Steve Kimock leads a life on the periphery of rock | Music | Pittsburgh | Pittsburgh City Paper

Steve Kimock leads a life on the periphery of rock

"I seem to have made a career out of being an outlier on some level."

Always on the fringes: Steve Kimock
Always on the fringes: Steve Kimock

After more than 30 years of flirting with the mainstream music industry, playing with members of The Grateful Dead and forming his own psychedelic projects, Steve Kimock's passion for musical performance and education continues to flourish.

"I seem to have made a career out of being an outlier on some level," Kimock says. "I love to play, and playing with people. I really do enjoy all of the miscellaneous accoutrement and hardships of being out on the road and doing that. I'm sure a lot of people have enough of airports, but I'm still OK with it." 

His devotion to music dates back to his early childhood in Bethlehem, Pa. He was introduced to the art by family members like his Aunt Dottie, who performed in a folk band, and his cousin Kenny, who played electric guitar. As he grew into his teen years, Kimock's mother suggested he learn an instrument.

Kimock initially felt attracted to the violin. A man down the street from his grandparents' house owned an electric Fender model, and after a chance encounter with the instrument, those fond feelings faded quickly. 

"That guy hit that violin with the bow, and it made the most god-awful sound," Kimock says. "I jumped three feet in the air and told my grandma, ‘I don't want to play the violin!'"

When Kimock chose guitar, he committed to it, finding gratification in advancing his skills with very little outside instruction.

"I really did just hunker down into it," Kimock says. "I would play literally all day until I would fall asleep in my chair and wake up with the guitar in my lap. I spent every waking moment playing. It would only be interrupted occasionally by going to the bathroom or someone slipping a sandwich under the door."

By age 16, Kimock realized he was "signing up for this aesthetic," agreeing to give up the hopes of getting "the girl, the car or the job with the hazardous-duty pay" by choosing guitar as a primary focus.

"If I was working on it and making some progress, that was enough of a reward. I just wanted to play in a good band," Kimock says.

In his 20s, Kimock started playing with The Goodman Brothers, moving into their house in Springtown, Pa. Despite the abundance of music within the home, the group yearned for a change of scenery, and soon headed to California.

"There was not a whole lot going on in Pennsylvania, and everyone had a pretty strong case of ‘We got to get out of here,'" Kimock explains.

In San Francisco, Kimock was faced with a bit of culture shock.

"Growing up in a little steel town where there's basically no entertainment industry, nobody would even admit to having a career as a musician," Kimock says. "Maybe you'd play with your friends once in a while. Where I went, it was just all the people from Janis Joplin and Quicksilver [Messenger Service] and The Grateful Dead. Kurt Vonnegut Jr. was at the gigs. You couldn't imagine the depth of the talent that was just kind of walking around. It was really inspirational."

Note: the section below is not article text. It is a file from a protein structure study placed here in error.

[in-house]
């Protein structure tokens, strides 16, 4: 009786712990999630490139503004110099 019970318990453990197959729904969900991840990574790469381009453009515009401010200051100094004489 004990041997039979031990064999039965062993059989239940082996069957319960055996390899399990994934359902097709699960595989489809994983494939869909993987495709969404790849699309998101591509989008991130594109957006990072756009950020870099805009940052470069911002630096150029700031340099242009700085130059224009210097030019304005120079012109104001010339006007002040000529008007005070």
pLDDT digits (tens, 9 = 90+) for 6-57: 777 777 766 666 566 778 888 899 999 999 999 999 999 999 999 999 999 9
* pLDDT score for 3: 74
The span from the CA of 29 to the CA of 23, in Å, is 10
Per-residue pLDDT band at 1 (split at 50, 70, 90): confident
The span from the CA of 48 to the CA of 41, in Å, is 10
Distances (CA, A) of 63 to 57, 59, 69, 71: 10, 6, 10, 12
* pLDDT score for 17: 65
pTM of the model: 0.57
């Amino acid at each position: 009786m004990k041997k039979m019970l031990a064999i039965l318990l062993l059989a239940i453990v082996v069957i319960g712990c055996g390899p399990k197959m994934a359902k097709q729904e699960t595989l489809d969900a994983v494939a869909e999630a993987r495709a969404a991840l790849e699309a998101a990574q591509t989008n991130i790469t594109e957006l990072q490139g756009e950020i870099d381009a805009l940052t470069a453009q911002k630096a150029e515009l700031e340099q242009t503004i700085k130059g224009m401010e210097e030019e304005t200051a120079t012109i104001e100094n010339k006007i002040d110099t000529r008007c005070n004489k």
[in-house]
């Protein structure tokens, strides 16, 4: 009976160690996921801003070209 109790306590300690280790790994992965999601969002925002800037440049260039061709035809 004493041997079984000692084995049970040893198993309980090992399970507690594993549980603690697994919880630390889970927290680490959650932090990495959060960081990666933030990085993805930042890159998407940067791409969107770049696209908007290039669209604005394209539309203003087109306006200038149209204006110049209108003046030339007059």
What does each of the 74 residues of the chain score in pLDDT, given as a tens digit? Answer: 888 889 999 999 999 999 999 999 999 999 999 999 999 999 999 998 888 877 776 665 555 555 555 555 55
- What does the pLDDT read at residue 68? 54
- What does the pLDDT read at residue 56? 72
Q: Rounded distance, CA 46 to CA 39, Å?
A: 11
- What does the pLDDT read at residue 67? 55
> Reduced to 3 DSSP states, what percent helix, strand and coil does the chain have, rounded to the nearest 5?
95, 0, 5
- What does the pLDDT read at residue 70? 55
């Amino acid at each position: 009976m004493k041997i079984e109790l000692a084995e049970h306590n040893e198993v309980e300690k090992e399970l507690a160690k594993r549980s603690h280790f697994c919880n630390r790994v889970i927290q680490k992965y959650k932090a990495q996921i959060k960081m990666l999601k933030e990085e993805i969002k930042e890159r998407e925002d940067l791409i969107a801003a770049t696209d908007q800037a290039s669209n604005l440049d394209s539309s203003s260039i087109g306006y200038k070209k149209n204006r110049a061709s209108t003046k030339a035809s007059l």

Kimock would go on to share his love of music with many Bay Area musicians throughout the 1970s and '80s, performing with The Grateful Dead's Keith and Donna Godchaux in the Heart of Gold Band, as well as forming Zero with John Cipollina of Quicksilver Messenger Service. 

"I've learned everything from the people that I've played with," Kimock says. "There's a certain amount of stuff you get secondhand from books and stuff like that, but for the most part ... if you walk into a room full of people and they all have colds, you catch a cold. So if you walk into a room where everyone is playing East Bay funk, you're going to catch East Bay funk."

Kimock's other past projects include Steve Kimock Crazy Engine, PRAANG and Steve Kimock & Friends. His devotion to elevating his understanding of the guitar has yet to cease. Kimock recently took up playing the lap steel guitar, to avoid stalling his educational process. 

"The way that I work, which is kind of like a rock-band format, there's only so much stuff you can really put in that bag," Kimock says. "It's a great bag, and I love it, and after all these years I'm getting pretty good at it, but it's just one dimension of the thing. If I would just allow myself to only stay in that, that doesn't serve the original idea I had of wanting to have a learning relationship with the guitar."

And Kimock's love for guitar holds an even deeper meaning for him now that his work also supports his family. He is currently raising two sons, Skyler, 9, and Ryland, 5, in Lehigh Valley with his wife Jennifer. His elder sons Johnny and Miles, both 19, reside in California. 

After three decades of professing his adoration for the guitar, one of Kimock's greatest lessons rests in the experiences he shares with others.

"People are the biggest influences," Kimock says. "Music is not something learned secondhand. It's a real firsthand experience, trial-and-error kind of process when there are people listening to you. My playing and thinking about music is every bit as much influenced by their company and friendship as any of the British-invasion bands, because those guys were right there in my lap. It's the people that are right there with you that make the difference."

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